Florida’s RFP called for bidders to build a P25 Phase 2 network that provides 98% mobile coverage throughout the state’s geography, as well as 95% portable coverage throughout Florida, including 25 miles off coast, Marcella said.

Harris proposed meeting the new P25 coverage requirements by leveraging the existing sites used for the SLERS network, Marcella said.

In fact, the Harris proposal calls for 190 RF sites, compared to the 197 sites that are support the SLERS network today, Marcella said.

“Because we were able to move some sites around and because of the benefit of new technology, we were able to provide more coverage with slightly … fewer sites,” Marcella said.

Given the fact that the Harris proposal promises to leverage the existing SLERS infrastructure from a Florida-based company, Green said that the intent to award the P25 contract to Motorola Solutions is puzzling.

“Harris’ proposal leverages the state’s extensive investment in the existing Harris-built network, which is one of the most robust public safety systems in the country,” Green said in a prepared statement provided to IWCE’s Urgent Communications. “The state instead chose an out-of-state supplier to build a new duplicate network, when we believe an incremental investment is the more prudent approach.

“We are disappointed in the state’s decision, because we’re confident our proposal is a more efficient, flexible and less costly long-term approach. However, we will work with the state to better understand the award decision and our options moving forward.”

Another problem facing the state is the timing associated with implementing the proposed P25 system. The existing SLERS contract expires on June 30, 2021, at which point the new P25 system needs to be operational to ensure that Florida first responders can make a smooth transition to the proposed LMR network.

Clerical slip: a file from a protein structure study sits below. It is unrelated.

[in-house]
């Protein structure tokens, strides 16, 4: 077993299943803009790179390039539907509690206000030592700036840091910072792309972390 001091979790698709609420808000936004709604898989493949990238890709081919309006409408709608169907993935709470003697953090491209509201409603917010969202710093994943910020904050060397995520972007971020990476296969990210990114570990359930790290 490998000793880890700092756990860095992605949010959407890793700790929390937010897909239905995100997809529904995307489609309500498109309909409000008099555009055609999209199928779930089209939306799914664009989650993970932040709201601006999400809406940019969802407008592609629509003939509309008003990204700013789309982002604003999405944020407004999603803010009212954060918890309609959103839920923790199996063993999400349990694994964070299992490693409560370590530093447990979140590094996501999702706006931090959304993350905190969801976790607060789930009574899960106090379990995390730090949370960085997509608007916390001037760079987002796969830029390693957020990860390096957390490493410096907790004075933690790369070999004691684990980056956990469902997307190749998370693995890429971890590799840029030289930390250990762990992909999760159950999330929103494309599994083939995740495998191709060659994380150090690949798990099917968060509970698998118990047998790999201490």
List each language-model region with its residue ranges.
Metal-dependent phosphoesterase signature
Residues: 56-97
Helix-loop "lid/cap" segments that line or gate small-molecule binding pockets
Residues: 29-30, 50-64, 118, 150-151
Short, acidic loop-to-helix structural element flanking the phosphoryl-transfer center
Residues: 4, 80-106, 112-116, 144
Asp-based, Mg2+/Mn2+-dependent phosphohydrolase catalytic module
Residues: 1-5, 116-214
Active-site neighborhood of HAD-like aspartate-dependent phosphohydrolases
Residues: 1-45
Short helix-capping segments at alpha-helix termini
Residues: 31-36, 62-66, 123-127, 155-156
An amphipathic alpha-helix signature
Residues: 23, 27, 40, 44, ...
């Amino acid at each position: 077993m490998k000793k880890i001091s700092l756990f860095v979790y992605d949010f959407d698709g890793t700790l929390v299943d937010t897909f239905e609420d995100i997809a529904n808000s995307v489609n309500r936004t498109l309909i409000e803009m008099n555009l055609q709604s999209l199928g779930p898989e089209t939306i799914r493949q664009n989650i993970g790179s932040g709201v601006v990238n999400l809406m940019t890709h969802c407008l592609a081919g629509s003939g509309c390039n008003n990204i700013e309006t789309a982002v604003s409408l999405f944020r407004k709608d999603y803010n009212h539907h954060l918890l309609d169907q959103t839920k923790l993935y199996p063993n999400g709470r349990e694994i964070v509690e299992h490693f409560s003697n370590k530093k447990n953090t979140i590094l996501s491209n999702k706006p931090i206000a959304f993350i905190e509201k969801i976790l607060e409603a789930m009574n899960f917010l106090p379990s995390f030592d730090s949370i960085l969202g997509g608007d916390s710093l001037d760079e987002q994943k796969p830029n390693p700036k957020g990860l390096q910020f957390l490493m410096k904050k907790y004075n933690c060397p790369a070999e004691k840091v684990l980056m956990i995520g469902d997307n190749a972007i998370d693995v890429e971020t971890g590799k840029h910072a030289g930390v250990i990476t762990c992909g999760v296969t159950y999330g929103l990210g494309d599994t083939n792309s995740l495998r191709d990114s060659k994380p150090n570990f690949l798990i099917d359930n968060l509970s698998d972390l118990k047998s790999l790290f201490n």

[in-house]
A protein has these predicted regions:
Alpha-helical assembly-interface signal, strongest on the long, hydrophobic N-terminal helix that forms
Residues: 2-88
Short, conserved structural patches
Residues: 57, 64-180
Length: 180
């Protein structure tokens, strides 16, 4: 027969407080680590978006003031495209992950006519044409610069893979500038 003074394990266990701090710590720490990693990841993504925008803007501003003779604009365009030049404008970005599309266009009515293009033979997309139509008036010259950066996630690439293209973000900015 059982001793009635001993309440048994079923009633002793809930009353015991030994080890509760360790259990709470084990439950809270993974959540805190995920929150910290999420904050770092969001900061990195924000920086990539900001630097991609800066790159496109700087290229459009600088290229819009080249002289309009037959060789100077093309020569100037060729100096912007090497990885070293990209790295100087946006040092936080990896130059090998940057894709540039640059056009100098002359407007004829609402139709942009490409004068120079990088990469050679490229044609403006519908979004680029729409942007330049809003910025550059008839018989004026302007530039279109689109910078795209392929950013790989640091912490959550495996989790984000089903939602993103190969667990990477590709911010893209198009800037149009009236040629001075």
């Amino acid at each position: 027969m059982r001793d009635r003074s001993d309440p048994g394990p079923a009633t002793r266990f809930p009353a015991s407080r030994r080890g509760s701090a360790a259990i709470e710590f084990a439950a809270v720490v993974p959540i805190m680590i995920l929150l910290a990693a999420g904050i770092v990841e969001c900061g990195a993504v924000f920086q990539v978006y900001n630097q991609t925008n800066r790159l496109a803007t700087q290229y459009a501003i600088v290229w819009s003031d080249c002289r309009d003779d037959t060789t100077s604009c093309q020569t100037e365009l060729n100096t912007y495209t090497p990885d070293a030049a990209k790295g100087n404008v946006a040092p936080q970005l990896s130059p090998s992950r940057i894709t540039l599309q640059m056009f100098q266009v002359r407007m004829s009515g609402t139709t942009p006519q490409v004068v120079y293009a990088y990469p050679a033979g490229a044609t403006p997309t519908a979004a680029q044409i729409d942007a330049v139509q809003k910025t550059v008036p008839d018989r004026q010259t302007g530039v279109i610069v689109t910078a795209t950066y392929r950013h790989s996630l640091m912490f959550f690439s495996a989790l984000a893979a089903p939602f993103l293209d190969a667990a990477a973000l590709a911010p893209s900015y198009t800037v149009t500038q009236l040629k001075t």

But the procurement process is not expected to be completed until the protest review is finished late this year, and a funding source to pay for the buildout of the proposed P25 network likely could not be identified until March 2019, when the legislature is due to approve the next budget. This timeline would leave the vendor only 28 months to deploy the statewide P25 system before the SLERS contract expires—something that Harris believes it could execute but other vendors would find very difficult, Marcella said.

“We believed it was achievable for us, because we’re reutilizing so much of the existing site infrastructure—towers, shelters and that kind of thing,” Marcella said. “Because we didn’t have to do a lot of site acquisition—we had no greenfield sites, meaning we had no towers to actually build—and because we … proposed an implementable design, we felt we could achieve it within the 28-month schedule and get it done by the end of June 2021.

“We think it’s a challenge for the state, if they don’t have a real design, if they’re having to build lots of towers, if they’re dependent upon interlocal agreements to utilize other people’s networks, we think they’re going to be challenged to hit a schedule that would facilitate completion by the end of June 2021. It would be tough.”

In particular, “it can take a year to get a site on the air” in densely populated areas of south Florida, given the zoning and environmental restrictions, Marcella said.